Documents associated with: Alma-Tadema, Lawrence
Record 4 of 24
System Number: 02521
Date: [February 1886/November 1887?]
Recipient: Elisabeth Lewis
Repository: Glasgow University Library
Call Number: MS Whistler L57
Document Type: ALd
27. ALBERMARLE STREET.
I have only just lately heard dear Mrs George to my great indignation, that you were one of the victims of the brutality of "The People" in the Park -
How horrible! - and the poor children too! - I am told that you all behaved with wonderful courage and tact -
Topsy, the dabbler in decoration - [p. 2] I would hang for the mischief he has made - and for his foolish interference in Art with what does not concern him! -
What should this incomplete singer know of wall papers and furniture? - I say 'incomplete' because his songs do not fill his life and overflow it -
No - he has time for other matters! - and so he pastes paper and hangs curtains for huge sums - and
proofing proving himself unscientific and unaccomplished, ends by ranting at the rable [sic] and urging them on to destroy, and pillage - other shops than his own - and to attack you in the Park!! - Like Oscar with his babble on about the beautiful! simply! - Would Sarasate think you, want other than his violin - and his whole life to play it that he may be Master! - and
would you insult him by asking him to build a bridge or give advice in swimming? - And now am I right - in what I said to you all that night at 10 of the Clock? plan [two illegible words]
for an Ocean Steamer? Would you care to cross the seas in such a ship -
Picture to yourself the complete wisdom of crossing in such a ship with the Comodore [sic] of the [Chriarders?] freely fiddling on the poop - wherever that may be - and yet
you have the counterpart of . the fitness of things is no more outraged than by accepting Morris' Dados and listening to Alma Tademas sonnets were he to write them -
1. [February 1886/November 1887?]
Dated from references to the Hyde Park march and William Morris (see below).
Writen at right-angles to the printed address.
4. The People
This probably relates to the political activity of William Morris and his involvement with the Socialist League. The event may have been 'Black Monday,' 8 February 1886, when a march organised by the Fair Trade League was taken over by the Socialist Democratic Federation. As the crowd passed the Reform Club between Trafalgar Square and Hyde Park, they were jeered at by those inside and some of the club windows were broken as a result. Some looting of shops also occurred in the area. See McCarthy, Fiona, William Morris,London, 1994, pp.526-73, pp. 526-73 and Salmon, Nicholas and Derek Baker, The William Morris Chronology, London, 1996, p. 158.
William Morris (1834-1896), painter, designer, poet and socialist [more]. JW's disapproval of Morris stemmed from his view that Morris had succumbed to the rewards of the market-place through his designs for the firm of Morris, Marshall, Faulkner and Co., whilst preaching the dignity of simple craftsmanship. He also attacked Morris in the 'Ten O'Clock Lecture' (see below). It is worth noting that he saved a press-cutting reporting on a lecture given by Morris at the Russell Club in which Morris declared that 'if art should fade and die then [...] civilisation would die too' but if socialism took the place of 'competition among men in the conditions of life' art would 'revive.' (see GUL MS Whistler, pc3/55). While Morris was not present at the 'Black Monday' riot, he was a known sympathiser through the Socialist League, which expressed sympathy for the arrested leaders. See McCarthy 1994, op. cit., pp. 526-73.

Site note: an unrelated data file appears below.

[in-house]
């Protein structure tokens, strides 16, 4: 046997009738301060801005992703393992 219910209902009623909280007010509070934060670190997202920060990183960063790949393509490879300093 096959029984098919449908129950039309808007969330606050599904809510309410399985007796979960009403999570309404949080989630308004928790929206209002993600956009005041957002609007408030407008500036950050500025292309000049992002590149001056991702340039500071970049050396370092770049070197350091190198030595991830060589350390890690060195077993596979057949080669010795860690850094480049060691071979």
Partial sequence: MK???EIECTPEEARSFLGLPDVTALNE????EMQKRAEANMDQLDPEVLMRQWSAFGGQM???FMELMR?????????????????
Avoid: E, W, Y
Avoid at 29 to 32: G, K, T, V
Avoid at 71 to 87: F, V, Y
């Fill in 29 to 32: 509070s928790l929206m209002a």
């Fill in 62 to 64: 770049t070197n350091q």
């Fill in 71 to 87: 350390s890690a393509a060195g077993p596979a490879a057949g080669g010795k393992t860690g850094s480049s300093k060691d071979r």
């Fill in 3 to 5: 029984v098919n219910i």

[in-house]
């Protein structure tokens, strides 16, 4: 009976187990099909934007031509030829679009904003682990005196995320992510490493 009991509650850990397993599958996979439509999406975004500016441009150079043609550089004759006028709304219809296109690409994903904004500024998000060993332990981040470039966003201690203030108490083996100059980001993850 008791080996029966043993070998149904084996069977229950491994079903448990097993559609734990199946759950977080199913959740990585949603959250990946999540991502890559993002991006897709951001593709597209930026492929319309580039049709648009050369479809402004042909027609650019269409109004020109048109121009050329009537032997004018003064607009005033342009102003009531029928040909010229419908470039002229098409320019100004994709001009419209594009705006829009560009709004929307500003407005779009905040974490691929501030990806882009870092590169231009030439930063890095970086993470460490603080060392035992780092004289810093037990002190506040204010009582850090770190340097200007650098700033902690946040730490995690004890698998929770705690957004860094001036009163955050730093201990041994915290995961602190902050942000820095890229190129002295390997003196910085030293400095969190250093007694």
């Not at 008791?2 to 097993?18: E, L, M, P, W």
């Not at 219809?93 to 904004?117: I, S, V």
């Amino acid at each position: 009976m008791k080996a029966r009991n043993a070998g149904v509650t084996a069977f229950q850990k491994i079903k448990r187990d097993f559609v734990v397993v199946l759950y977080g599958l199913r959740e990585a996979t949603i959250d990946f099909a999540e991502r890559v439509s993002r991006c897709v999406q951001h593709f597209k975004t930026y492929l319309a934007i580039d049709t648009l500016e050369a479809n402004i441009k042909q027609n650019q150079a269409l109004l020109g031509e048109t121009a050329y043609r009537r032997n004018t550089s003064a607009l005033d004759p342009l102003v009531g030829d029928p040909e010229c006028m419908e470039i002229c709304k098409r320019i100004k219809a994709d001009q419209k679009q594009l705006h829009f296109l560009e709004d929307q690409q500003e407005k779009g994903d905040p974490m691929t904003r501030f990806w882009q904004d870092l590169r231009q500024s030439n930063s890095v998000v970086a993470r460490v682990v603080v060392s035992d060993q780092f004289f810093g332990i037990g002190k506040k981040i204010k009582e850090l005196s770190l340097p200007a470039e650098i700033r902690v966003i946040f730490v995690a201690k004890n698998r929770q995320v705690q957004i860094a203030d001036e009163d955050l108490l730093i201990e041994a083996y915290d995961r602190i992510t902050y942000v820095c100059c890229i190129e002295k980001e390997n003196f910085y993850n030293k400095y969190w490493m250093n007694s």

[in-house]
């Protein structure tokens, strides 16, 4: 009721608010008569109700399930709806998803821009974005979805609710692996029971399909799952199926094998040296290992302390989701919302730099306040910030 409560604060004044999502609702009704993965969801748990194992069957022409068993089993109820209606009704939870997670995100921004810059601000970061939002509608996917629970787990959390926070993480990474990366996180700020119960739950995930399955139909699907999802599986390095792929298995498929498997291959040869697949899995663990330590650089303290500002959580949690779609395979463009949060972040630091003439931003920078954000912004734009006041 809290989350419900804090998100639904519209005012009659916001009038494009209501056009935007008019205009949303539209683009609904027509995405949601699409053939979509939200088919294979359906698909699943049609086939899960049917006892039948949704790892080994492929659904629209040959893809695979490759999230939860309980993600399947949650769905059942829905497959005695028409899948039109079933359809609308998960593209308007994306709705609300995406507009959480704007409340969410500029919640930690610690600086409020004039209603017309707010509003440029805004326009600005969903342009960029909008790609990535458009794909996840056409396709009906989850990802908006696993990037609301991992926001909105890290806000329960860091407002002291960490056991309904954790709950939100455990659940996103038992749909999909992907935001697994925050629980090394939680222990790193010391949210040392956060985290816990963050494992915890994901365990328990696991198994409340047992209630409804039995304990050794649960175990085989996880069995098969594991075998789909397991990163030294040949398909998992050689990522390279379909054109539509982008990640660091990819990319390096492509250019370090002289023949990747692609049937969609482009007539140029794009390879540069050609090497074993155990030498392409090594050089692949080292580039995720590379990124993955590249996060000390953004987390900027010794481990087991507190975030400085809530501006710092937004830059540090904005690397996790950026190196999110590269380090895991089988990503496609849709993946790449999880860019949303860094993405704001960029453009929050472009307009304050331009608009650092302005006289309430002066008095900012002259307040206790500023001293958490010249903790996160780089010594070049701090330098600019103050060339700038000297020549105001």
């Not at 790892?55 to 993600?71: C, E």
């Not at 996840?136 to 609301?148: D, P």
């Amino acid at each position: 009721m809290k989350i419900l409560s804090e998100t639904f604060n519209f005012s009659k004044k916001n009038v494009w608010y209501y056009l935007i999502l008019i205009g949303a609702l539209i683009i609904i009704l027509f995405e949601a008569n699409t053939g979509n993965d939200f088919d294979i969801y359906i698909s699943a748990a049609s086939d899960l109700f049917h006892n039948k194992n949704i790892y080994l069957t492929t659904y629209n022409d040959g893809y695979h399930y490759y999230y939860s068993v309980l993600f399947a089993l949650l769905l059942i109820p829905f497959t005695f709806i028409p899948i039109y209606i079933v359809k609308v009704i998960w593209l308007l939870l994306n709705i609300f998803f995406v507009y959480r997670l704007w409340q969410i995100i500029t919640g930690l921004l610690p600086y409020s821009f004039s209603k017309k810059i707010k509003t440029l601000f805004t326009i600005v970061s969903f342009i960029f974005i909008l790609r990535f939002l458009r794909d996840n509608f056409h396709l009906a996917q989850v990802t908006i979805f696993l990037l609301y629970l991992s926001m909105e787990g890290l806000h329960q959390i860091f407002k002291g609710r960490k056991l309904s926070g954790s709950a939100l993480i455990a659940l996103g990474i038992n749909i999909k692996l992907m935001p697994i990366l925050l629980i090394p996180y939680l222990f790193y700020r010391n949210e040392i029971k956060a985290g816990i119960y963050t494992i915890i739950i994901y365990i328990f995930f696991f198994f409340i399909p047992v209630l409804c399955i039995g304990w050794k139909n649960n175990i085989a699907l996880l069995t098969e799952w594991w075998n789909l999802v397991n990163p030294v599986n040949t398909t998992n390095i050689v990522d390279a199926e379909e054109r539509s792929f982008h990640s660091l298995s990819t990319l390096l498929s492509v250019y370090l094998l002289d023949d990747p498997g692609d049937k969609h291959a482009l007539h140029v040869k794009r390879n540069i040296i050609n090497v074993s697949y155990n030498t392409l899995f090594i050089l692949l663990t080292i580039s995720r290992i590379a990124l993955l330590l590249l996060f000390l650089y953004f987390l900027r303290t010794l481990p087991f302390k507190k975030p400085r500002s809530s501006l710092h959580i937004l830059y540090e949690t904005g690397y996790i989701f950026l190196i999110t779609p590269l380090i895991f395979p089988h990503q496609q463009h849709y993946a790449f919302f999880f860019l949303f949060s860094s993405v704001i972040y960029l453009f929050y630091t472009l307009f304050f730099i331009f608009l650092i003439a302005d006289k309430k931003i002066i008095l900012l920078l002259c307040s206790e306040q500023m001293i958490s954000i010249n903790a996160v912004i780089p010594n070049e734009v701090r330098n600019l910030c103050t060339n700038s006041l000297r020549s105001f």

A nickname for Morris.
This may relate to another incident which took place on 20 November 1887 in Hyde Park. A protest condemning police brutality during a previous protest over the right of free assembly (an event known as 'Bloody Sunday') went badly wrong when Alfred Linnell, a Radical law-writer, was fatally injured by a police horse as the demonstration was being broken up. Morris composed a song that was sung at Linnell's funeral on 18 December. See McCarthy 1994, op. cit., pp. 526-73.
Oscar Fingal O'Flahertie Wilde (1854-1900), writer, critic and playwright [more]. See JW's attack on Wilde in the 'Ten O'Clock Lecture', especially the passage: 'The Dilettante stalks abroad. The amateur is loosed. The voice of the aesthete is heard in the land and catastrophe is upon us.' See Whistler, James McNeill, The Gentle Art of Making Enemies, 2nd ed., London and New York, 1892, p. 152.
11. 10 of the Clock
JW's 'Ten O'Clock Lecture,' his major public statement of his aesthetic ideas, was delivered for the first time on 20 February 1885 at the Prince's Hall, Piccadilly. JW may have been thinking of a passage early on in the lecture in which he attacks the idea of art as a means of refinement and moral improvement: 'Art is upon the Town! [...] The people have been harassed with Art in every guise, and vexed with many methods as to its endurance. They have been told how they shall love Art, and live with it. Their homes have been invaded, their walls covered with paper, their very dress taken to task -' (see Whistler 1892, op. cit., pp. 135-36).